Various manifestations of cultural revival are discussed: traditional forms of Rapanui material culture such as sculpting in wood and stone, body decorations in the form of takona (body painting) and tattooing, and the manufacturing and painting of mahute (barkcloth). Other art forms are related to the performing arts, such as the making of string figures (kai kai) accompanied by recitations and various music and dance groups. Special attention is paid to the historical development of woodcarving, takona, tattooing and kai kai. A couple of cultural organizations were created in the early 1990s with cultural revitalization as their principal goal. A description of the yearly festival Tapati Rapanui is next, showing its cultural, social and economic importance. The emphasis in this chapter is thus on present day cultural manifestations (la cultura viva), but it also shows how traditional cultural manifestations (the construction of moai and the taŋata manu-birdman cult), for which Rapa Nui has become world famous, are integrated into these current cultural manifestations.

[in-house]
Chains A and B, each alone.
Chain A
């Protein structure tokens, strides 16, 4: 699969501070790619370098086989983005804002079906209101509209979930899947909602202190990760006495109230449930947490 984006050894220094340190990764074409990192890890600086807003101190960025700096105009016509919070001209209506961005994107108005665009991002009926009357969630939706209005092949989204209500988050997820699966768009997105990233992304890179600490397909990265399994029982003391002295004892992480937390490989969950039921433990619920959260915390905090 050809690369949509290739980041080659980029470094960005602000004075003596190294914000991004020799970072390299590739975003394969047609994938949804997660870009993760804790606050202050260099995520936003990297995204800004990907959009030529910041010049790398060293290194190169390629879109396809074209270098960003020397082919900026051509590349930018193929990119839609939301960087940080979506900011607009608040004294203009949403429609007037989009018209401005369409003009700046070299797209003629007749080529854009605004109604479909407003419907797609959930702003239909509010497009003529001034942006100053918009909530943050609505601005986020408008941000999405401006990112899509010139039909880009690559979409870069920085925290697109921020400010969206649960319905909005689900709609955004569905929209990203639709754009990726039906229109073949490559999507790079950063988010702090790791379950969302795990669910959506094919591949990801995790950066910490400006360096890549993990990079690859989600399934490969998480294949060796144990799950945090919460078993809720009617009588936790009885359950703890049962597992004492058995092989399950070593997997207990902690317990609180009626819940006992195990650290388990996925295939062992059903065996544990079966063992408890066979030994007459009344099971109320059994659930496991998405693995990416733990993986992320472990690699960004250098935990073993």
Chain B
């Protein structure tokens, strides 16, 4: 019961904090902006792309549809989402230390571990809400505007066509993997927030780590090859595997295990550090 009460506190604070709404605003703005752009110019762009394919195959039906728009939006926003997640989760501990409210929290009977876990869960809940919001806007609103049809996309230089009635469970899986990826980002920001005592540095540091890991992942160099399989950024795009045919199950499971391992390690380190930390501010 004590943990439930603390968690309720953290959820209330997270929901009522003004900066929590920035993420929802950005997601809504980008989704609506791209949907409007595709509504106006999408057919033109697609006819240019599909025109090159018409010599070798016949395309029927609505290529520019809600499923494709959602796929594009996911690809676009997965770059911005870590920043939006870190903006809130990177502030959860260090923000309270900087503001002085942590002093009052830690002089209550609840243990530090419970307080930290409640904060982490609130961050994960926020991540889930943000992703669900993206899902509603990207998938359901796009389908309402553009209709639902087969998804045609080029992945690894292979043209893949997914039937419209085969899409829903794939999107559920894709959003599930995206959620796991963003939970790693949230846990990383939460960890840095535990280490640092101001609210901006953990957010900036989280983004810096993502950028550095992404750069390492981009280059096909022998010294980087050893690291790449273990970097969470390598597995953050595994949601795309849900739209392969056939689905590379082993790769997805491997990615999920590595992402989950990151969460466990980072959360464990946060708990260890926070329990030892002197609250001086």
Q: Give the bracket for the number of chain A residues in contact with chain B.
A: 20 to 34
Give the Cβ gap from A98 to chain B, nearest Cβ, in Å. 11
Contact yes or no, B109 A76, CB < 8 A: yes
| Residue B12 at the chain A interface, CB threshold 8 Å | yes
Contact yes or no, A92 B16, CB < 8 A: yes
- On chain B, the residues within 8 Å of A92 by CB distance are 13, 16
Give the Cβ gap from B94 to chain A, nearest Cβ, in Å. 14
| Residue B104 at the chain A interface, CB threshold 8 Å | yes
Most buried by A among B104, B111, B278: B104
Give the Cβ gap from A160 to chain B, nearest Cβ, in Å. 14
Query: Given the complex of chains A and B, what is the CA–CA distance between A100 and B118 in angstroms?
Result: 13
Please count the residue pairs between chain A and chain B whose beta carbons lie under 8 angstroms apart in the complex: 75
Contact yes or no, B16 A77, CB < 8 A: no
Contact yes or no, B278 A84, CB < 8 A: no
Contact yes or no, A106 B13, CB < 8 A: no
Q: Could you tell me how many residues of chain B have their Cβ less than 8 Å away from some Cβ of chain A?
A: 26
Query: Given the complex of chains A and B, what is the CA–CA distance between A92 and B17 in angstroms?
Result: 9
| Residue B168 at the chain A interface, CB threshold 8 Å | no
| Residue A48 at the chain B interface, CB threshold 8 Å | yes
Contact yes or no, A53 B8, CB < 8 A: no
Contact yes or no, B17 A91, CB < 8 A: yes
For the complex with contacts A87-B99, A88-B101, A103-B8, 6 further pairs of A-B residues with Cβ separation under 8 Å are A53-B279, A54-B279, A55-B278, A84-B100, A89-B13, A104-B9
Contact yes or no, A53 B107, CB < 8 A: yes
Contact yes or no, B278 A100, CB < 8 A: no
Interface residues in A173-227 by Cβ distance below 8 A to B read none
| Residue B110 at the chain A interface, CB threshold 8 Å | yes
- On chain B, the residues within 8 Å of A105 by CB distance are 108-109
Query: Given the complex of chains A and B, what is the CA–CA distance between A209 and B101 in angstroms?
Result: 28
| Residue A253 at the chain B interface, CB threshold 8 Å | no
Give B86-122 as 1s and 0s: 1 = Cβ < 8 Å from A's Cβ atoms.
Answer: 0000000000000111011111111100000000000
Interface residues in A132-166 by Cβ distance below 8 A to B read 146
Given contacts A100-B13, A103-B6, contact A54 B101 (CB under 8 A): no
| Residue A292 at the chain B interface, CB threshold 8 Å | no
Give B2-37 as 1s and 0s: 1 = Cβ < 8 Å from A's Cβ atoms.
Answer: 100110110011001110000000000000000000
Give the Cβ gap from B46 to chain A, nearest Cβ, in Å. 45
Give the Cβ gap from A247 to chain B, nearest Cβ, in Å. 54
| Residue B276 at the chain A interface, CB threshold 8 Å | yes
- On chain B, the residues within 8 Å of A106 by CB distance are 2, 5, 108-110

Hawaii Scholarship Online requires a subscription or purchase to access the full text of books within the service. Public users can however freely search the site and view the abstracts and keywords for each book and chapter.
If you think you should have access to this title, please contact your librarian.
To troubleshoot, please check our FAQs, and if you can't find the answer there, please contact us.